In such cases, you need to use HTTP Header to set the laws.

Sample

Imagine we have created a PDF version of this blog post and hosted it in our blog subfolder (www.example.com/blog/*).

Here's how our HTTP header might look for this file:

HTTP / 2.0 200 OK

Content Type: Application / pdf

Link: < https://example.com /blog/canonical-url/>; rel = "canonical"

3.Setting Canonical URLs in Sitemaps

Google states that non-canonical pages should not be included in sitemaps. Only canonical URLs should be listed. This is because Google sees the pages listed in a sitemap as canonically suggested.

However, they don't always choose URLs in sitemaps as a rule.

We do not guarantee that we will consider sitemap URLs canonical, but this is a simple way of defining canonical for a large site, and sitemaps are a useful way of telling Google which pages on your site they find most important.

4.Set Canonical URL with 301 Redirects

Use 301 redirects when you want to transfer traffic from a duplicate URL and to the canonical version.

Sample

Suppose your page is accessible at the following URLs:

  • example.com
  • example.com /index.php
  • www. example.com / home-page/

Select a URL as Canonical and redirect all other URLs there to this page.

You should do the same for the secure HTTPS, uncertified HTTP, and www and non-www versions of your site. Choose a canonical version and point the others to that version.

For example, HTTPS non-www URL (https://example.com) with a standard version  .

All of the following URLs redirect here:

  • http:// example.com/
  • http:// example.com/
  • https:// example.com/

Canonical URL Errors

Common Canonical URL Errors

Canonization is a somewhat complex subject. Likewise, there are many misunderstandings and misunderstandings about how to rule by the rules.

Here are some common mistakes when trying to canonize:

Bug # 1: Blocking Canonical URL with robots.txt

Blocking a URL in robots.txt prevents Google bots from crawling; this means they can't see the canonical tags on that page. This simply means that the Canonical tag cannot function.

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Bug # 2: Setting Canonical URL to 'noindex'

Never mix noindex and rel = canonical on the same page, one completely denies the function of the other.

As Google's John Mueller points out here, Google bots usually consider the canonical tag first instead of the "noindex" tag, though it's an application we don't recommend.

If you don't want to add "noindex" in a URL and show the content to Google, use a 301 redirect instead of rel = "Canonical".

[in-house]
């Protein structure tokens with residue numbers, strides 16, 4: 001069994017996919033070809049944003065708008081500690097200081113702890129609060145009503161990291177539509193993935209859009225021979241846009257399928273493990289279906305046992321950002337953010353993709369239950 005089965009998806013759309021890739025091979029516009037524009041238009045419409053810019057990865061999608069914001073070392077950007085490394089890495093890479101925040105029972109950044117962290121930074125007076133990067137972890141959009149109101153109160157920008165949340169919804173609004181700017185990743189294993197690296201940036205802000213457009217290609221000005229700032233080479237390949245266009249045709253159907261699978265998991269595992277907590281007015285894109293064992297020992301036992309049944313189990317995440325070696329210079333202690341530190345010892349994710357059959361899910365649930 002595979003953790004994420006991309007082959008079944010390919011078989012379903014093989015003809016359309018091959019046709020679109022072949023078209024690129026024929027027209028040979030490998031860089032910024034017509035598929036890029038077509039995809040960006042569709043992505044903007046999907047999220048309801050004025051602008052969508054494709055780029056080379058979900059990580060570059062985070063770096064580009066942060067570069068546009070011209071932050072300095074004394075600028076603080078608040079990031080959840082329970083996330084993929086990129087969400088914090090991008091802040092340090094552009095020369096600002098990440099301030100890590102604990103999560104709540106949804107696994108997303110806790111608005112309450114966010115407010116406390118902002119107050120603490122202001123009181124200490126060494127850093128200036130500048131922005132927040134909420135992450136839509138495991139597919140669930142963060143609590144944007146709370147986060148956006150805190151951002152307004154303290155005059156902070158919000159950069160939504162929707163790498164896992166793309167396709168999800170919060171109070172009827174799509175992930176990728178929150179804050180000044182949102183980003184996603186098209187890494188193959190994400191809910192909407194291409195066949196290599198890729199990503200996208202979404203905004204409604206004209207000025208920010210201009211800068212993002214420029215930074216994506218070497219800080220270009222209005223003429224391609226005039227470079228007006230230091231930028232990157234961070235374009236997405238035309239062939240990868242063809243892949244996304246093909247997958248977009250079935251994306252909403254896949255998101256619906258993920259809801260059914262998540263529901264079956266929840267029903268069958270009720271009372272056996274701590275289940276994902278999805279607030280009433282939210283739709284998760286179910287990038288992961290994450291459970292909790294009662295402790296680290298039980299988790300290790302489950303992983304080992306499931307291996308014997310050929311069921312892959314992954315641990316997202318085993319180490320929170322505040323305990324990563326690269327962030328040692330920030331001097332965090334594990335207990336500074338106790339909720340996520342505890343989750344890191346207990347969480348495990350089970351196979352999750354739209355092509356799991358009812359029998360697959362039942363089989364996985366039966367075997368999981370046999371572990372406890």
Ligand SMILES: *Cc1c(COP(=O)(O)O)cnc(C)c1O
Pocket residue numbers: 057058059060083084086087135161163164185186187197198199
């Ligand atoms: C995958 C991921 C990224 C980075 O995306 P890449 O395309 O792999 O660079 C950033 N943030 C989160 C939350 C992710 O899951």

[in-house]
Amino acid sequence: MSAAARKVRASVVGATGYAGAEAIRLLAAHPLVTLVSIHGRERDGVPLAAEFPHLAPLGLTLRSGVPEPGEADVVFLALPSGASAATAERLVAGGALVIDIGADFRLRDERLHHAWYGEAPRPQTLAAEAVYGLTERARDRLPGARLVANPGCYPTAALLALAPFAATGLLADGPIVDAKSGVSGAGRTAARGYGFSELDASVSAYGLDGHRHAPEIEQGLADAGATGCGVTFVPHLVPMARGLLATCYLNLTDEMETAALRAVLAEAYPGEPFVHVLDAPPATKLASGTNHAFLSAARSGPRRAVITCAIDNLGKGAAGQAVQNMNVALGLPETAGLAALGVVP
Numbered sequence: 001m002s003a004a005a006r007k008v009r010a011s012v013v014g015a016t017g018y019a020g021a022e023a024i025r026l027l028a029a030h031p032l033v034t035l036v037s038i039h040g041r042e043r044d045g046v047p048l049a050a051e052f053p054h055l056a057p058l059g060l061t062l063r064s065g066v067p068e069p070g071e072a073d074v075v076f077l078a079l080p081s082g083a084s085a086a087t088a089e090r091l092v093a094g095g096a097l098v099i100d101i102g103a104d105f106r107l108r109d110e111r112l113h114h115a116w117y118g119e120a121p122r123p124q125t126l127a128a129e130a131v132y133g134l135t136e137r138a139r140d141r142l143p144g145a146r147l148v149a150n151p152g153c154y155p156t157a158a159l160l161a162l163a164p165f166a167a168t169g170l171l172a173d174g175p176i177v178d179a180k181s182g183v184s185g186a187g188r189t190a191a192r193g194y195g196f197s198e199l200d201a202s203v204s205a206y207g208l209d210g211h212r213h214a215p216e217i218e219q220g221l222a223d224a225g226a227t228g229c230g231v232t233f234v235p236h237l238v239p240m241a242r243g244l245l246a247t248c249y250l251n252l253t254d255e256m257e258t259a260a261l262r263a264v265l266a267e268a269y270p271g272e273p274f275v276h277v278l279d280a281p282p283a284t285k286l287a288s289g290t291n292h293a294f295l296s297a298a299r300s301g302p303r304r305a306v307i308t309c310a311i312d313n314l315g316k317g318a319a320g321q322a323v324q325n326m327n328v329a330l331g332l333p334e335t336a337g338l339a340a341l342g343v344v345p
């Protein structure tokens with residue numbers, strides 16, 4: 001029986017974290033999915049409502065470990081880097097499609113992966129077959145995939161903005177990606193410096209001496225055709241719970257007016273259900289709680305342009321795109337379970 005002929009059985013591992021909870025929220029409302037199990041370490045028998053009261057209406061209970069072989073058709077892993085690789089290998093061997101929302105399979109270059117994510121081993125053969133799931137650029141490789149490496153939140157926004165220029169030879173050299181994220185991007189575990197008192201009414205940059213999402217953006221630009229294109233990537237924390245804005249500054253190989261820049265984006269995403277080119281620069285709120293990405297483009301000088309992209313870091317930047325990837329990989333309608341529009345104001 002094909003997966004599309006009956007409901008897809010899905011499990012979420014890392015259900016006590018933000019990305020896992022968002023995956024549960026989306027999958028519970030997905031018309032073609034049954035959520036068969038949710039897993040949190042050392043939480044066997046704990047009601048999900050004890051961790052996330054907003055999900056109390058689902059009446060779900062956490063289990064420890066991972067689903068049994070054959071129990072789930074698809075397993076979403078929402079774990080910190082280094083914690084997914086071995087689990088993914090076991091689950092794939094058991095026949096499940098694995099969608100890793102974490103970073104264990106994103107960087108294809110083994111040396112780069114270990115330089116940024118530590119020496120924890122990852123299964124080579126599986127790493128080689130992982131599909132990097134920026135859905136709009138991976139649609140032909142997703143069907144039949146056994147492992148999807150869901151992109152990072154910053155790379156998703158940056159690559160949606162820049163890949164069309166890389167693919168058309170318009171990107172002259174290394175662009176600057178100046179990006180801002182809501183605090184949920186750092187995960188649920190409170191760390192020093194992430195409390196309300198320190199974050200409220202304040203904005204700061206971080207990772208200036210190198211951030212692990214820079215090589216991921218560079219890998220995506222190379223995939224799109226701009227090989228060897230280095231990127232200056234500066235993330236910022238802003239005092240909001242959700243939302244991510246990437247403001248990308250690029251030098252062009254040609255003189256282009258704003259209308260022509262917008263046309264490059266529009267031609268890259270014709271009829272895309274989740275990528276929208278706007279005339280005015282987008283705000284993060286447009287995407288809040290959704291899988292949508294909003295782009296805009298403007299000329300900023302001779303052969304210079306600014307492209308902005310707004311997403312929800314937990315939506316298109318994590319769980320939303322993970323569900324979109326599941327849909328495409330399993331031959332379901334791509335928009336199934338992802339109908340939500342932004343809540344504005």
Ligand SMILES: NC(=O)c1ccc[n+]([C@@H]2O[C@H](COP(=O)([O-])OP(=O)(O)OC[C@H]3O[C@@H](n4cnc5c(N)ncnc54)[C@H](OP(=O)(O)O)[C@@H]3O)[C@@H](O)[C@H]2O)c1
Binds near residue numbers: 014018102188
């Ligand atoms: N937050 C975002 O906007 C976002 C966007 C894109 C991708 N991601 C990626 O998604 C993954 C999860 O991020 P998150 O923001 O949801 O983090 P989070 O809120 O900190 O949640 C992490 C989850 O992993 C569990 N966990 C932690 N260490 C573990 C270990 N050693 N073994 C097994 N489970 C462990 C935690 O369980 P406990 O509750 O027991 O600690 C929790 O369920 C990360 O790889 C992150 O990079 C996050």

Error # 3: Setting a 4XX HTTP status code for canonical URL

Setting a 4XX HTTP status code for a Canonical URL has the same effect as using the 'noindex' tag: Google cannot see the canonical tag and "link equality" cannot be passed on to this version of the page.

Mistake # 4: Channeling All Paged Pages by Root Page

Page URLs should not be canonized to the first page in the series. Instead, Canonical URLs referencing itself should be used on all paged pages.

We can explain this as follows, you have an article, page 2 equals page 1? Does it contain the same information? if no, page 2 should specify its own, page 1 should specify its own 2 Canonical URLs.

You can also use rel = prev / next tags for pagination, which doesn't make much sense to Google, but Bing still uses them actively.

Mistake # 5: Not Using Canonical Tags with Hreflang

Hreflang tags are used to indicate the language and geographic targeting of a web page.

Google advises that when using hreflang , you must specify both the language tag and the canonical URL for each language's page.

Last Words

Using Canonical URL tags is not that complicated, it just might get you a little confusing at first.

Don't think Canonical tags are just HTML code, they are also an indexing/indexing signal within search engines.

Google likes to automate everything, if it asks us to state the right one, this shows how important and how many variations the canonical URL topic can be.

 Don't let Google Bots decide this for you.

Search Console URL Inspection

To see your Canonical URL, both declared by the user and selected by Google, you can enter your site link in the URL Inspection tool in Google Search Console and look at your user-declared canonical URL from the tab under the scope.